(1989) redefined debates in thesocial sciences. He problematized the popularity of postmodern theories andhow they celebrated subjectivity, difference, dissonance, and the fall of grandnarratives. Moreover, he argued that rather than gaining analytical purchaseon the present era of capitalism, many postmodern theories reflected, andwere conditioned by, a new phase of capitalism. Harvey, thus, presented thetheory of flexible accumulation as an analytic framework for understanding,among other things, the relationship between the then current academic fash-ions and the structure of global capitalism. Accordingly, his sweeping argu-ment forced scholars to rethink the relationship between academic trends andglobal political economy.Harvey’s analysis begins with an ideal type of Fordism, which he employs toprovide an all-encompassing account of postwar political strategies in diverseEuropean countries, the United States, not to mention Japan. Accordingly, heargues that Fordism emerged when managerial strategies and state powerscombined to stabilize capitalism:
The problem of the proper configuration and deployment of state powers wasresolved only after 1945. This brought Fordism to maturity as a fully fledged and
 Legends of Fordism
distinctive regime of accumulation. As such, it then formed the basis for a longpostwar boom that stayed broadly intact until 1973. During that period, capital-ism in the advanced capitalist countries achieved strong but relatively stablerates of economic growth. Living standards rose, crisis tendencies were con-tained, mass democracy was preserved and the threat of inter-capitalist warskept remote. (1989: 129)
Harvey’s model aggregates the experiences of distinct countries—let aloneregions within these countries—into a catchall category of advanced capitalistcountries. Moreover, he uses the ideal of Fordism to capture the essential fea-tures that distinguishes these countries from the ‘developing’ world.It is from this model—which metonymically takes parts of each country’spolitical economy for the whole—that he dramatizes a gradual shift in the globalsystem, which he locates in the “crisis” of 1973. Accordingly, Harvey holds, flex-ible accumulation emerged as a “whole set of processes that undermined theFordist compromise” (1989: 145), as capitalists responded to new global condi-tions by downsizing certain production sites and moving to areas of the worldwith lax worker and environmental protections. Such economic restructuringcoincided with policy changes whereby the national governments cut back thehallmark social programs of the welfare state. These changes in industrial orga-nization and government provision, Harvey argues, were designed to intensifyrates of commercial, technological, and organizational innovation, produced flex-ible accumulation as representative of a new moment in the history of capitalism.Thus, for Harvey, flexibility refers to new forms of power over workers, whathe characterizes as “undermining” the Fordist compromise between capital andlabor that developed after World War II. Despite many qualifications about anti-labor practices, militarization, and the imperialism of Fordism, he unwittinglyidealizes the welfare state of Europe and North America by contrasting it withthe “enhanced powers of flexibility and mobility,” which allow employers toexert stronger pressures on labor. He concludes that “[o]rganized labor wasundercut by the reconstruction of foci of flexible accumulation in regions lack-ing previous industrial traditions, and by the importation back into the oldercenters of the regressive norms and practices established in these new areas”(1989: 147). On the one hand, it may be surprising that Harvey should come upwith such a positive conclusion regarding Fordism. On the other hand, it is lesssurprising due to the fact that the upheaval of the 1960s passed him by; he hadfaith in the British state, as he explained candidly in a recent interview:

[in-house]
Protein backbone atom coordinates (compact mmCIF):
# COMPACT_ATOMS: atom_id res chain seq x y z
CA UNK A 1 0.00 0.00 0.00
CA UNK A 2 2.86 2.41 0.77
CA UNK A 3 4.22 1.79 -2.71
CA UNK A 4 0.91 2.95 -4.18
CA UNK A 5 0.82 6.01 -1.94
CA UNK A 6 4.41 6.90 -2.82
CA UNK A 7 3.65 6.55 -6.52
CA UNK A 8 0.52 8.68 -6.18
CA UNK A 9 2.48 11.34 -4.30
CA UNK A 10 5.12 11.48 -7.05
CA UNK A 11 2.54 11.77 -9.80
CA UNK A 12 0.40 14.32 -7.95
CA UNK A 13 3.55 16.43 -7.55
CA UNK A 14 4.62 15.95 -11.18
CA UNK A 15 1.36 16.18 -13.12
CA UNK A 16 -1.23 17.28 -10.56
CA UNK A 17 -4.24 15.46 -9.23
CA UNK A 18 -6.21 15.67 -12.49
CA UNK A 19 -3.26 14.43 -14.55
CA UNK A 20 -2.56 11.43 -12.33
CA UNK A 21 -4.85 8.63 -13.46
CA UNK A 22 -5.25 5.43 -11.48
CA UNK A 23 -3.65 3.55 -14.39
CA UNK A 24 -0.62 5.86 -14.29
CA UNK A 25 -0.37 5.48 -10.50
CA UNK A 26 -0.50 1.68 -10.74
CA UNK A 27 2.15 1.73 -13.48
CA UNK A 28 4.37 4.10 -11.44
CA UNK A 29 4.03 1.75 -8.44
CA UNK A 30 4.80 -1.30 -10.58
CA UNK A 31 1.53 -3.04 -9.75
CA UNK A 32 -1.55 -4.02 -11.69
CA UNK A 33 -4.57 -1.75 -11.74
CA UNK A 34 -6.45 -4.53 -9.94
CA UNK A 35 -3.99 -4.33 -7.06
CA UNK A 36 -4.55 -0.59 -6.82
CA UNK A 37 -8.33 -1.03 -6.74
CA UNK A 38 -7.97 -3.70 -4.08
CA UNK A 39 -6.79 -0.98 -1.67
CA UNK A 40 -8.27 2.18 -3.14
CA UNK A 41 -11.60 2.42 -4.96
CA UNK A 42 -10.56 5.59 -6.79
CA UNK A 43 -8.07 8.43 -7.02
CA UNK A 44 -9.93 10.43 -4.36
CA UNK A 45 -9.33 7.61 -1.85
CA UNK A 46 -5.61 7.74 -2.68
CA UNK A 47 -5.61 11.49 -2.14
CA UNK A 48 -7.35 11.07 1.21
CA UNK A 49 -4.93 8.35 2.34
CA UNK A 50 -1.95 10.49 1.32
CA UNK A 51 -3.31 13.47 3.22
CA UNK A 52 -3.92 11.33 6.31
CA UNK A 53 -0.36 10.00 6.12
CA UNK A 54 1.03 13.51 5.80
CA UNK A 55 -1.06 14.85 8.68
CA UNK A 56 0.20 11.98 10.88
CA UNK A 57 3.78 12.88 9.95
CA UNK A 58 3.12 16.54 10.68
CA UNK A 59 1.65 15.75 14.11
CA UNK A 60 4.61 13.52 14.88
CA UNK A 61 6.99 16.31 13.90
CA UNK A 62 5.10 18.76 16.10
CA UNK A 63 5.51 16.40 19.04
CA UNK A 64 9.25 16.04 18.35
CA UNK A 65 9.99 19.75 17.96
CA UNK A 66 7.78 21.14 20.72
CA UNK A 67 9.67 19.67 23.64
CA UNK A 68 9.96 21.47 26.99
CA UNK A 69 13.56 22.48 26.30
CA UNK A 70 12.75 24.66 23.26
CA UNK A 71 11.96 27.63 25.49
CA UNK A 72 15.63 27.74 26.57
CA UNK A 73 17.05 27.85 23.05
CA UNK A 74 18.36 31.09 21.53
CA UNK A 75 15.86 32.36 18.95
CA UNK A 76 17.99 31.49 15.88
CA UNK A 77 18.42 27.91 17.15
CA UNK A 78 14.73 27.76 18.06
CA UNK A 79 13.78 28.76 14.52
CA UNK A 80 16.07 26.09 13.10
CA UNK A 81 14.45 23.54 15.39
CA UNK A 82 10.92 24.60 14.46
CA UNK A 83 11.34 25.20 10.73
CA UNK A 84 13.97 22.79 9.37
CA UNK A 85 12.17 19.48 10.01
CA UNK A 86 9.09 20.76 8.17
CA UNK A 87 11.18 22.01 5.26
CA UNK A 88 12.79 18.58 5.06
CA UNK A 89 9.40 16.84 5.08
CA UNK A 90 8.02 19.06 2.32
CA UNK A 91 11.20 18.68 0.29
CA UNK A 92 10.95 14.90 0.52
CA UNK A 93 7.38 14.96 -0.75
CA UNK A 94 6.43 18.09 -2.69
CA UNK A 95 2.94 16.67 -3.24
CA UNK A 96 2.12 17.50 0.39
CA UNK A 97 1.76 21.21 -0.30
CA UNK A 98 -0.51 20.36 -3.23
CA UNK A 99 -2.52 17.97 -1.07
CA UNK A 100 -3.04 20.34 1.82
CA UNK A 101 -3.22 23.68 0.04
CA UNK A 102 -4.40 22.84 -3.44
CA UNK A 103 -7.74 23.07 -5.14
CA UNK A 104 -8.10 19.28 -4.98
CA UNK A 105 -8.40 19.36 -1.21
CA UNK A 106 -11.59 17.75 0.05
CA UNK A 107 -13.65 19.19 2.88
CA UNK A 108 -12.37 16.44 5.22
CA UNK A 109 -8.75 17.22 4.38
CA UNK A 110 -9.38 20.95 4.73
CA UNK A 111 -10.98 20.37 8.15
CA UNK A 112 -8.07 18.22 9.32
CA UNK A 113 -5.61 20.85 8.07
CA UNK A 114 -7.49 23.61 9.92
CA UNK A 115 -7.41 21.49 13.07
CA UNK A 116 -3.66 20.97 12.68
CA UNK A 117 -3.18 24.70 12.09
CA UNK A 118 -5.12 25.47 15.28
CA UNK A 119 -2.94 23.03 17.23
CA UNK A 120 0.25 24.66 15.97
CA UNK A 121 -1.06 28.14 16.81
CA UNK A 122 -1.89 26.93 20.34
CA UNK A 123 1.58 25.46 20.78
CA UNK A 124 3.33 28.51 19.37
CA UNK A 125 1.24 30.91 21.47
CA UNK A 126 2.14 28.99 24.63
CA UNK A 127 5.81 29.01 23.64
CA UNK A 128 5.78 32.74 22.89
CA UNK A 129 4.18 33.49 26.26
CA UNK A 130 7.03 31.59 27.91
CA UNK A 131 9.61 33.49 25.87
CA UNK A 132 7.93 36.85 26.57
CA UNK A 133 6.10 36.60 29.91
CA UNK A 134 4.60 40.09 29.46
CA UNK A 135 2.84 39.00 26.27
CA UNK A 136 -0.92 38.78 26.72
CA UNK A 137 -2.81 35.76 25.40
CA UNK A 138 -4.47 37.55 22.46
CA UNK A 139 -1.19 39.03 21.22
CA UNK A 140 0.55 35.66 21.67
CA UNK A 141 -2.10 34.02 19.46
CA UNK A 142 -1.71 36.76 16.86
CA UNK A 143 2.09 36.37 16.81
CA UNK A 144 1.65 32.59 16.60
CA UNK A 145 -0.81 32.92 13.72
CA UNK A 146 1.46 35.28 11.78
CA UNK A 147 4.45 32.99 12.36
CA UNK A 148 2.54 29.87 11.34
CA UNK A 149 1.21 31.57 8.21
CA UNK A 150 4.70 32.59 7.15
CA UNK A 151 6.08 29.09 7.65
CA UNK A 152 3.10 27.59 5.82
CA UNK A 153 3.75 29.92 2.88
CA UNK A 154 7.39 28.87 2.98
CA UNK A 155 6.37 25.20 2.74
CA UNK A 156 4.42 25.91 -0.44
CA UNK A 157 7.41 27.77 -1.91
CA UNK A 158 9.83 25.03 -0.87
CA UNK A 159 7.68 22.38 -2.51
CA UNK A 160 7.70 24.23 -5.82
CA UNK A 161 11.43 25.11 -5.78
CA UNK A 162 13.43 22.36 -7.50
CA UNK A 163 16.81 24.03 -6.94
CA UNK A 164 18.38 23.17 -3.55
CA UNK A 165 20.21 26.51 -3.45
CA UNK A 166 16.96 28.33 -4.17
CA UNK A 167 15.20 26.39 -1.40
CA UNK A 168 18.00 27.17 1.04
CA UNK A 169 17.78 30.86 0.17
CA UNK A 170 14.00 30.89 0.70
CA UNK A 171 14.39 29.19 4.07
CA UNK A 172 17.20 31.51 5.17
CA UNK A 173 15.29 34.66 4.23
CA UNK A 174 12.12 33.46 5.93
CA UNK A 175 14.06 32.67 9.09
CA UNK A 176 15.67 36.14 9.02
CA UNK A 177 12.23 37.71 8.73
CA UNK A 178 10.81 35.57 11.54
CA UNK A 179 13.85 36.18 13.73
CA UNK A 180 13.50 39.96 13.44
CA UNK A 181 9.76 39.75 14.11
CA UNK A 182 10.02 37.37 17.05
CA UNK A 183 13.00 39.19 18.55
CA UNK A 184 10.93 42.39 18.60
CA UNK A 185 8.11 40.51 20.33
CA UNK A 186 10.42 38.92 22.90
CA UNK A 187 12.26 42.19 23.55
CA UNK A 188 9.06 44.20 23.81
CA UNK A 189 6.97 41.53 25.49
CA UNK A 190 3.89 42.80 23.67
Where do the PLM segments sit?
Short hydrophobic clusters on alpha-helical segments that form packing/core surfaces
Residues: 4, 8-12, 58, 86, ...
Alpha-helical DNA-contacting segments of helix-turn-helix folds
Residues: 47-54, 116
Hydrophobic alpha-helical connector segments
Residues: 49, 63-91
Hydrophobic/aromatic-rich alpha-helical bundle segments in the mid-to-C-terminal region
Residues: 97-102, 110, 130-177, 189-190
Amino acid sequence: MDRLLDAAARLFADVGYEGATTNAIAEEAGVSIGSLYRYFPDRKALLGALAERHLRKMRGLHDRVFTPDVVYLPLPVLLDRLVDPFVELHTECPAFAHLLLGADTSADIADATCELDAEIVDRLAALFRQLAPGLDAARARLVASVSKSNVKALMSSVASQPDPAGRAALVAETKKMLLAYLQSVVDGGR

I was always kind of left leaning, but in the 1960s in Britain, you could be sort of left-leaning, but you didn’t have to be radical in any way, because the Labour Partywas there, and a lot of us had faith in the Labour Party and its transformativecapacities … I went to Baltimore in the wake of the ‘68 uprising, riots, whateveryou want to call them, around the death of Martin Luther King, and I was shockedat the conditions I found there. I was really, really shocked that in the wealthiestcountry in the world, people live in chronic impoverishment. I was really upset. SoI started to participate much more in the political activism around that … Some of